Double Dutch Downunder
Paul Quinlan

The unique Australian meet format now a regular event on the national swimming calendar for the third year continued to bamboozle some swimming watchers.

The format of the Invitational Meet is in three parts for men's and women's events:

  • fifty metre events in each of the four strokes are swum as elimination events at two minute intervals, with the last swimmer dropping out until two are left for the final to decide first and second places. This group of events on the program is similar to an interval training set in workout, namely 4x50m @ 2 min intervals.
  • four hundred freestyle is presented as a broken swim with a two minute interval between the 200m sections of the event. The winner of the first 200 receives a bonus of $1000, and the eventual places are decided by combining the times of each swimmer for both of his/her 200's. Once again a common training format for coaches world wide, the 'broken swim'.
  • the "Mystery 200m Individual Medley" is the only event on the program swum without breaks or intervals between laps. However the IM'ers have to draw lots for their own order of strokes. With all competitors swimming different orders of strokes it is almost impossible to keep track of the progress of the race until close to the end and only then if there is a standout athlete lucky enough to have drawn freestyle as his/her last stroke.

The format may have been double dutch to some but it was the pair from the Netherlands, Dutch team members, Peter van Hoogenband and Inge de Bruin who stood out among the international contingent of athletes flown in by the sponsor QANTAS for the publicity meet.

van Hoogenband took out the men's 50m freestyle event/s. Current men's world champion, Bill Pilczuk(USA) was eliminated in the first swim with a 24 secs high, citing a slow start on his part as the cause. Bill would have to have stood on his block waving the field "Goodbye!" to account for the two second deficit in his normal race pace.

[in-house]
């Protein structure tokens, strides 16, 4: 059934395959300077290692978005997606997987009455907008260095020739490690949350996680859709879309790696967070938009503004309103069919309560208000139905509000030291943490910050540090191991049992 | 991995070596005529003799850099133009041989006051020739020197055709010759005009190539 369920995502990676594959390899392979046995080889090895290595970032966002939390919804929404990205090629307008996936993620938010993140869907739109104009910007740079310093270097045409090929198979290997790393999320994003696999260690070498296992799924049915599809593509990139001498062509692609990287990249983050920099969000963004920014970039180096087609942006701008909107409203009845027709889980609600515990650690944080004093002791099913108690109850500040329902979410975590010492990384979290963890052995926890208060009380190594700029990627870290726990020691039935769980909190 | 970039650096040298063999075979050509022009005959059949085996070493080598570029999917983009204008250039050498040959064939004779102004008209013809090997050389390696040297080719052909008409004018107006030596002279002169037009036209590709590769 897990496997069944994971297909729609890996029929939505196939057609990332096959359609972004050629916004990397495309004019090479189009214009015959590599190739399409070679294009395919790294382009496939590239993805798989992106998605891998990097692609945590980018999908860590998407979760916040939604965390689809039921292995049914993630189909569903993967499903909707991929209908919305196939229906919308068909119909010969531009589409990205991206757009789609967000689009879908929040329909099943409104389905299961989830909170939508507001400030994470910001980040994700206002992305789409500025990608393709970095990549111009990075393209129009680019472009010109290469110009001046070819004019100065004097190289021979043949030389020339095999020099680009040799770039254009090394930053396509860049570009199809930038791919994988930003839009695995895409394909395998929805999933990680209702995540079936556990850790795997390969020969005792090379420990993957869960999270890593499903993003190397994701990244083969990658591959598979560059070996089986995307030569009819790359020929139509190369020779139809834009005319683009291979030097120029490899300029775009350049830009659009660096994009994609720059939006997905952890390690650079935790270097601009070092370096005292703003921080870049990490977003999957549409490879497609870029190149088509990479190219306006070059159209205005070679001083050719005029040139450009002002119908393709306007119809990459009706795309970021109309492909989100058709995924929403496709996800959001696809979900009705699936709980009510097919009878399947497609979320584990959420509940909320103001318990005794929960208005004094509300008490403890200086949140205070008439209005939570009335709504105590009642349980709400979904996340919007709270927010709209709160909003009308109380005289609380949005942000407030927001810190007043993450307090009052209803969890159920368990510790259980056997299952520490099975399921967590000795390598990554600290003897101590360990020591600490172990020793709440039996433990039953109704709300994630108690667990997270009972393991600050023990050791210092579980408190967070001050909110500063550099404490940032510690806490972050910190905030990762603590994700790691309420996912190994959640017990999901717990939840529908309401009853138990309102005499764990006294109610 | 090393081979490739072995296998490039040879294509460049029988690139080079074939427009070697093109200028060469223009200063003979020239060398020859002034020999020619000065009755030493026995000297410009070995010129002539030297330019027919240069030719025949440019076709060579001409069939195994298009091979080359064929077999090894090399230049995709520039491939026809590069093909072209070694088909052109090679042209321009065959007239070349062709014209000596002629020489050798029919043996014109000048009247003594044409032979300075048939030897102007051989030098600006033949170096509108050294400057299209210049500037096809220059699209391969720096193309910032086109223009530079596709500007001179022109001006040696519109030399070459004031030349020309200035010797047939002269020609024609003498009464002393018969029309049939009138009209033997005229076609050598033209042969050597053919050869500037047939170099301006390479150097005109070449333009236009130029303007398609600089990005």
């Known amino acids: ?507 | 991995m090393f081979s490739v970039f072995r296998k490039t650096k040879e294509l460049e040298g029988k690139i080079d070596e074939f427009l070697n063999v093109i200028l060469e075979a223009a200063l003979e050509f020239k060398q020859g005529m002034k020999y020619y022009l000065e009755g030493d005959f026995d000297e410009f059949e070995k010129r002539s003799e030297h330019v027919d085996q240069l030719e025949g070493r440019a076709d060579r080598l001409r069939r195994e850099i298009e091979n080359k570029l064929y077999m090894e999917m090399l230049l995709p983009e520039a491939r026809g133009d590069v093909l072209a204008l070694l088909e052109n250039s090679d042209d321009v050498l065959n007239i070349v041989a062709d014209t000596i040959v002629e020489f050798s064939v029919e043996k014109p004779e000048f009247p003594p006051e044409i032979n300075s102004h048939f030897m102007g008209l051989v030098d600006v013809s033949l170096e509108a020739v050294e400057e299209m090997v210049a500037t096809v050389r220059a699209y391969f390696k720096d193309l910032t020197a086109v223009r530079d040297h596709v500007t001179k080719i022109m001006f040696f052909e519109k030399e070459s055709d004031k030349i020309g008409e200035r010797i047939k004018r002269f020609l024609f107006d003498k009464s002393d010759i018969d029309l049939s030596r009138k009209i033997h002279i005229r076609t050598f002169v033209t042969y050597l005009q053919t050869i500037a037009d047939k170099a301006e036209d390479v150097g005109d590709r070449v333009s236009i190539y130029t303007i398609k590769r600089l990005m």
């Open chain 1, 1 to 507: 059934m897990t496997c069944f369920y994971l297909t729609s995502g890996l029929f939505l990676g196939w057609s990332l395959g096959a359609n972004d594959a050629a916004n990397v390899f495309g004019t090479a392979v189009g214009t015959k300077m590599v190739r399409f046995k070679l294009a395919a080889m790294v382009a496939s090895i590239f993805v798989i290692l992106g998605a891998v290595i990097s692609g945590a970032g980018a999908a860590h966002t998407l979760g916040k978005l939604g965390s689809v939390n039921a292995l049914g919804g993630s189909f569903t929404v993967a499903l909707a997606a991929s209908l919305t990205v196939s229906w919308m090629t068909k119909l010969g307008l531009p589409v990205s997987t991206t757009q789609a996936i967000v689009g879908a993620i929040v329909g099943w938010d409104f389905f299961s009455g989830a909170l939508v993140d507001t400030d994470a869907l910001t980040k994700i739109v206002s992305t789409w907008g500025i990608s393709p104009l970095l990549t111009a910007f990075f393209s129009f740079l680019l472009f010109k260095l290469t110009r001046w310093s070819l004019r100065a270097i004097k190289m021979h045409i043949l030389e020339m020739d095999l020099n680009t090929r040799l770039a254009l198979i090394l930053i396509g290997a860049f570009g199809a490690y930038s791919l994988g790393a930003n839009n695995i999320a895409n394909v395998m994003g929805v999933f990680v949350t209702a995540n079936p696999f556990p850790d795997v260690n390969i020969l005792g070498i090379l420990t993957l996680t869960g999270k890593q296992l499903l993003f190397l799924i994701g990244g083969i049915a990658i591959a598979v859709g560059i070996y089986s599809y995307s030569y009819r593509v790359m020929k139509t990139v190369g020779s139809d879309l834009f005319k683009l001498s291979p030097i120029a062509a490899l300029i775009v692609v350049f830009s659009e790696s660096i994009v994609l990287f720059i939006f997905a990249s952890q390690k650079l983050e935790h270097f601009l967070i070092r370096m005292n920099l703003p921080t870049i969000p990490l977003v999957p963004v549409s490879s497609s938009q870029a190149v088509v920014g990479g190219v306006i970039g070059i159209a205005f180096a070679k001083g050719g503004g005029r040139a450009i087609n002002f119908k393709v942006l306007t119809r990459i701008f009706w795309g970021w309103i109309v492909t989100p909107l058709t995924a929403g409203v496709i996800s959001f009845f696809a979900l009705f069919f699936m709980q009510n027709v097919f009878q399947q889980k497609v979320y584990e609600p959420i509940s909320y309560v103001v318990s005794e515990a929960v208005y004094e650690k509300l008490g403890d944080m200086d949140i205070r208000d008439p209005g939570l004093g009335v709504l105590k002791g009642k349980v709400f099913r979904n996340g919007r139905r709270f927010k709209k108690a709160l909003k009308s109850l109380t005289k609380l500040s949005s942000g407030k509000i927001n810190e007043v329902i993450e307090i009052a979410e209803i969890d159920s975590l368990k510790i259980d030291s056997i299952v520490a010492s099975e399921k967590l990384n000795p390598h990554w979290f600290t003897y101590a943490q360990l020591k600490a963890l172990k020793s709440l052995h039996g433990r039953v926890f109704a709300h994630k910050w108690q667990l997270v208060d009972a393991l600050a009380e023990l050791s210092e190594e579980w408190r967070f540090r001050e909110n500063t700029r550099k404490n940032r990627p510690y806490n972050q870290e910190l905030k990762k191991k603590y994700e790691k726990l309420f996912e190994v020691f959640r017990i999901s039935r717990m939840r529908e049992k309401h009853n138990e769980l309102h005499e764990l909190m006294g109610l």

World's top rated 50m butterflyer Inge de Bruin had to accept the freestyle invitation offered to her, but went on to win that series of 50's convincingly.

Penny Heynes(SA) was too good in the 50m breaststroke events outlasting national champion Helen Denman to take the 'skin' in this event.

Standouts for the Aussies were young backstroker Giaan Rooney, the Commonwealth 100m champion, winning the 50 backstrokes; Geoff Huegill who took out the men's 50m butterfly swims from improving comebacker Scott Miller; Matt Dunn who dominated the mystery IM; and finally Grant Hackett who showed everyone including the fastest ever 400m freestylers in world history, Kieren Perkins and Ian Thorpe, how to swim a broken 400. Daniel Kowalski as ever reliable took the second place money.

The concept continues to have public support in swimming conscious Sydney with good spectator turnouts. The program still televised nationwide in mid-prime time on Saturday night.

Swimmers also support the meet despite a very low prize money level, only $4,500 for the winner down to $500 for fifth place.

Compared to what happens on the tennis court or golf course our athletes are at the bottom of the barrel when it comes to prize money.

Multiple world champion and world record holder in men's 100m butterfly, Michael Klim, was however in the commentary box and not the pool, developing what hopefully will be a career for him in sports commentary with his Shannel 9 sponsor.

Michael did a fine job as support commentator to Nicole Stevenson. He will continue to perform at a high level in the pool when he resumes competition at what Gennadi Touretski predicts "a new high level" in 1999.